Can you tell an egg's fertility early enough to eat it if it's not?

Discussion in 'Incubating & Hatching Eggs' started by artist chick, Nov 12, 2008.

  1. artist chick

    artist chick Chillin' With My Peeps

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    We are new-ish to chickens, and an older hen who had stopped laying was given to us a few weeks ago. Well, in the past 10 days she's laid 8 beautiful brown eggs! We are very excited and want her to hatch them out.

    We were given an older rooster at the same time we got her, and we've seen him mate with her, but only a few times. Point is- it seems silly to let those eggs sit in that nest only to rot and be thrown away if they haven't been fertilized, but if they are we want her to hatch them if she will. Is there a way to tell within a day or two after she lays them? we'd love to just take unfertilized ones inside to eat, leaving fertilized ones for her to brood if she decides to.

    Am I being too optimistic? Thank you for all your help!
     
  2. MissPrissy

    MissPrissy Overrun With Chickens Premium Member

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    Leaving eggs in the nest will not entice your hen to sit and hatch eggs.It is a hormal thing and at this timeof the year mosst hens have no interest in hatching eggs. Some hens never go broody in their life and never hatch eggs. You shouldcollect the eggs daily and not leave themin the nest.

    Eat the eggs. Fertile/non-fertile you won'tbe able to tell the difference.
     
  3. artist chick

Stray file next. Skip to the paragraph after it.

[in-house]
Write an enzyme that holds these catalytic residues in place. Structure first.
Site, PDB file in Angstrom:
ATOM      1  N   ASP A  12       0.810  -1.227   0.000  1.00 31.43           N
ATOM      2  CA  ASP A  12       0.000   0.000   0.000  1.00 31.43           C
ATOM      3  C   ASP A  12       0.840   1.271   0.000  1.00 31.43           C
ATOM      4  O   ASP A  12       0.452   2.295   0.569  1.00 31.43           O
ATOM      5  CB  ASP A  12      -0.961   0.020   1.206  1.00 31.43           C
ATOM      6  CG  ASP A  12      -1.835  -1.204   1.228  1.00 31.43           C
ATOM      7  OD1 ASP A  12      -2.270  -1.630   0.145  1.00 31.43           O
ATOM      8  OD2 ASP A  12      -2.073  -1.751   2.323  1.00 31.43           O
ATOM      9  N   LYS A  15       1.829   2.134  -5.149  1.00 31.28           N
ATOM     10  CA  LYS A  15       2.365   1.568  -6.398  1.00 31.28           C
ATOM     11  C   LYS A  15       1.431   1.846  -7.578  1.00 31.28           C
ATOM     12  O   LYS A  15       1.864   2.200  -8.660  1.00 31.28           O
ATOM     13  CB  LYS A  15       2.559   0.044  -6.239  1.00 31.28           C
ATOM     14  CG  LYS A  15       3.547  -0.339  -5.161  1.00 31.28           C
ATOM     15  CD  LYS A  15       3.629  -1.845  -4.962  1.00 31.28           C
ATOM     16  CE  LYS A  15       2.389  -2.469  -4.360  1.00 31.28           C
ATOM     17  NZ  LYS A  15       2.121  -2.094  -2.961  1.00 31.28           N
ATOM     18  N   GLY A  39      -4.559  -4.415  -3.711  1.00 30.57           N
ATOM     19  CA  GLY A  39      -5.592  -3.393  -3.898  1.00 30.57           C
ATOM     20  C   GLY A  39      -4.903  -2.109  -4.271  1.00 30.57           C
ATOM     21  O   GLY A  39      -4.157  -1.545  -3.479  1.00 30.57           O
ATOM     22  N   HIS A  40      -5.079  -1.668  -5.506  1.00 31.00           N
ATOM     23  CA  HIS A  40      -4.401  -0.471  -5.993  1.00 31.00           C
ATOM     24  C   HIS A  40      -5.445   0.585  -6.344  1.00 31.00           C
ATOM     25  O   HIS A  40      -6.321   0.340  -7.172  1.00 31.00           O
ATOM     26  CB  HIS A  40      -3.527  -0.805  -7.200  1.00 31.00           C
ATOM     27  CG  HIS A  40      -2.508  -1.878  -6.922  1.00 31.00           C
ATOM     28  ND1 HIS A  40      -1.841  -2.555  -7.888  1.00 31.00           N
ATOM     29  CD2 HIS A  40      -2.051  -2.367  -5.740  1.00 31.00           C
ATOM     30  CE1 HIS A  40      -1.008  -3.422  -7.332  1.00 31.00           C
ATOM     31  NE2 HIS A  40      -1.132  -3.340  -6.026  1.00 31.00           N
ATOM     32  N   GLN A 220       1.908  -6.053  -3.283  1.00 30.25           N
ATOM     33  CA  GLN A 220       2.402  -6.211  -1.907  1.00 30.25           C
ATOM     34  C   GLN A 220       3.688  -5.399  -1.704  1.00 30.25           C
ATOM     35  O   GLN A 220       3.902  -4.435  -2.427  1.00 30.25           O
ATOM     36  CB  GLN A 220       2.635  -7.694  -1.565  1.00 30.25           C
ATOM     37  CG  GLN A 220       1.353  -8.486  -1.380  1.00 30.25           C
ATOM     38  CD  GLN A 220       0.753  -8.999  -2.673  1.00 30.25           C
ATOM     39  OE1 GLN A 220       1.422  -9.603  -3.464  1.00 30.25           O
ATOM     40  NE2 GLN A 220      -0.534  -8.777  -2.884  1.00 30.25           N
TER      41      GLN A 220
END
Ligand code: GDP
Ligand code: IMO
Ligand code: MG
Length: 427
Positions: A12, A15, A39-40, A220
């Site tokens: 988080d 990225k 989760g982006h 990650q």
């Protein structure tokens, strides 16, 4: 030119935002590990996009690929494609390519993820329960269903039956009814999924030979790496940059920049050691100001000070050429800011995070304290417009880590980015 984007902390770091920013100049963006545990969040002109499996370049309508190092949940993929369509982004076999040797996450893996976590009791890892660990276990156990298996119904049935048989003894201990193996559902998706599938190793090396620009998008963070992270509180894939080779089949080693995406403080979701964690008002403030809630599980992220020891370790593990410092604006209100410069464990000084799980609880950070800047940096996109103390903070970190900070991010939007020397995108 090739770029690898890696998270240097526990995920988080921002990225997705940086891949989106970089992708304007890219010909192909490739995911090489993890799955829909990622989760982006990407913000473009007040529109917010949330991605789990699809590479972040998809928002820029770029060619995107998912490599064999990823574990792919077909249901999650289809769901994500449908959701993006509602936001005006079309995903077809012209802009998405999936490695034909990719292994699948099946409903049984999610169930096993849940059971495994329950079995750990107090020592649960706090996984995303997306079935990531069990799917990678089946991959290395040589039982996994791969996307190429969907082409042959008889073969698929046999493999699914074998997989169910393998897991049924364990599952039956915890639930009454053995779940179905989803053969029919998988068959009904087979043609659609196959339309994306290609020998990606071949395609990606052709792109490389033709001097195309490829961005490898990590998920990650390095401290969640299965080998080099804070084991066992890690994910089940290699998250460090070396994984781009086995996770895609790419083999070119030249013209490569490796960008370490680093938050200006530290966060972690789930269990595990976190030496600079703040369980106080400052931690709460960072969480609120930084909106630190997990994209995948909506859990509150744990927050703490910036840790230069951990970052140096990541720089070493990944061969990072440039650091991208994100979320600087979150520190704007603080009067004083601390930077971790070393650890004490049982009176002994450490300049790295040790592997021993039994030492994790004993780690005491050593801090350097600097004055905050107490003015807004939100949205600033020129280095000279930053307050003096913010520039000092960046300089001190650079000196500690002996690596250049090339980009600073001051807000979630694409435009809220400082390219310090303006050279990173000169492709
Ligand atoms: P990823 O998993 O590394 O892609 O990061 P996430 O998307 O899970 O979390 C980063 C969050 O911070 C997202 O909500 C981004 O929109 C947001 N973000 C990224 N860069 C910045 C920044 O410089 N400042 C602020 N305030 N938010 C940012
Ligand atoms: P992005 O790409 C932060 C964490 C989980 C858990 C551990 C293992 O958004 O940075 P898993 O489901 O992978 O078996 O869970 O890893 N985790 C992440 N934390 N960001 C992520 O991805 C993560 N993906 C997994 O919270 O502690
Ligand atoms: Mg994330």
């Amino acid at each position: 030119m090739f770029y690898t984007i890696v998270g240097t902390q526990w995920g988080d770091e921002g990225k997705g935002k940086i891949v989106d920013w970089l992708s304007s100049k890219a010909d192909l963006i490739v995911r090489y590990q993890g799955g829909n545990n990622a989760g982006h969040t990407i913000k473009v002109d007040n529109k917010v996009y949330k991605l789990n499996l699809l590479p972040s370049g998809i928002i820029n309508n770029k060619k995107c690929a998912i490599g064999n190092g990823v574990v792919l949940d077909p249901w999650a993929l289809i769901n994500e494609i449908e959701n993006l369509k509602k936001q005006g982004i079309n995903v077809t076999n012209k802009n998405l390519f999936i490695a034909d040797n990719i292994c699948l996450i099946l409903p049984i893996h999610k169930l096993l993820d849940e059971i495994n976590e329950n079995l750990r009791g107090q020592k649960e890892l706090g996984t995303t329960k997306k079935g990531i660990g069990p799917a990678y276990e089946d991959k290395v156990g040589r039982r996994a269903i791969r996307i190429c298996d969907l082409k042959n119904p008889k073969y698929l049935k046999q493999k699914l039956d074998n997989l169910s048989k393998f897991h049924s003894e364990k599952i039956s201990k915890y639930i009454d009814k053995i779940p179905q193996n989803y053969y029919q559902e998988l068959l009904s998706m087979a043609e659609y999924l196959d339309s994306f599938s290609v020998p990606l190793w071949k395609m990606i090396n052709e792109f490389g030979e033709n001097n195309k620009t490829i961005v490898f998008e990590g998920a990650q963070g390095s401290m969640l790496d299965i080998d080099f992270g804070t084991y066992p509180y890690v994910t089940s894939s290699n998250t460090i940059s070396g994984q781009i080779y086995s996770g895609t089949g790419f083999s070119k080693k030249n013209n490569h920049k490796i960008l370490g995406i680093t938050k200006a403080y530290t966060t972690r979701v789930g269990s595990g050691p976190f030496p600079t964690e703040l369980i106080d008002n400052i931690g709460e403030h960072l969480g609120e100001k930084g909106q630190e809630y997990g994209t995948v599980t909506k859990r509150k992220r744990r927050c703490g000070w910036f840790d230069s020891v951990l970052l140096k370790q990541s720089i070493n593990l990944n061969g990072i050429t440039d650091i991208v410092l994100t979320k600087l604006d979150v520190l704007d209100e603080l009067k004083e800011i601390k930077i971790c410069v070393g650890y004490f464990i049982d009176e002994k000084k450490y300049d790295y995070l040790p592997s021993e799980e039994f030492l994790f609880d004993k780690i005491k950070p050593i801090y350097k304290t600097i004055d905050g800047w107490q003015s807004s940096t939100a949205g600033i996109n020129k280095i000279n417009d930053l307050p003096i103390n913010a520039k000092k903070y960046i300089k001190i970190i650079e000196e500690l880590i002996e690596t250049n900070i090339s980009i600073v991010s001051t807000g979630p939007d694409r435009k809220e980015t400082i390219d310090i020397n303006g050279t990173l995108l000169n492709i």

artist chick Chillin' With My Peeps

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    Thank you for your reply, Miss Prissy. [​IMG] This issue isn't whether or not to eat them if they've been fertilized- we know we can eat them either way and it won't be a problem. The issue for us right now is that my husband is determined to let this little lady have a chance to be a mama. He wants more chickens, and babies from her if possible. [​IMG]

    So... even though I've suggested quite a few times in the past week that we should go ahead and be eating them, he wants to leave them just in case she decides to go broody and they are fertilized. I just thought that it would simplify matters if we could tell immediately somehow if they'd been fertilized. Then we could go ahead and eat them instead of waiting for her to try to hatch them, if she will.
     
  4. Ivagrovegirl

    Ivagrovegirl Out Of The Brooder

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    I don't know of anyway to tell immediately. My dad was like that, very stubborn. LOL
    Good luck,
    Emily:)
     
  5. artist chick

    artist chick Chillin' With My Peeps

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    LOL, thanks, Emily! [​IMG]

    He said we'd give her another week to go broody. Then he wants to borrow an incubator and try to do it ourselves! Never mind we'll be traveling for Thanksgiving in a couple of weeks... he said we'll just take the incubator with us. :eek:

    Ah, well. We are learning as we go!
     
  6. shelleyd2008

    shelleyd2008 the bird is the word

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    To check the fertility you could crack one or two open and look for the bullseye.

    If you want to try and see if she will go broody, you could always swap the eggs for golfballs. I have a hen right now that is brooding a golf ball, and she hisses and sqwauks about it just like it is an egg. Then just store the eggs at about 55 degrees for up to 10 days, and if she does go broody you could trade her back. The eggs should still be all right to eat.
     
  7. artist chick

    artist chick Chillin' With My Peeps

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    Thank you, Shelley, that's a great idea! We may try that- I'll pass along the suggestion to my husband, the keeper of the golf balls. [​IMG]

    We have 9 eggs now!
     

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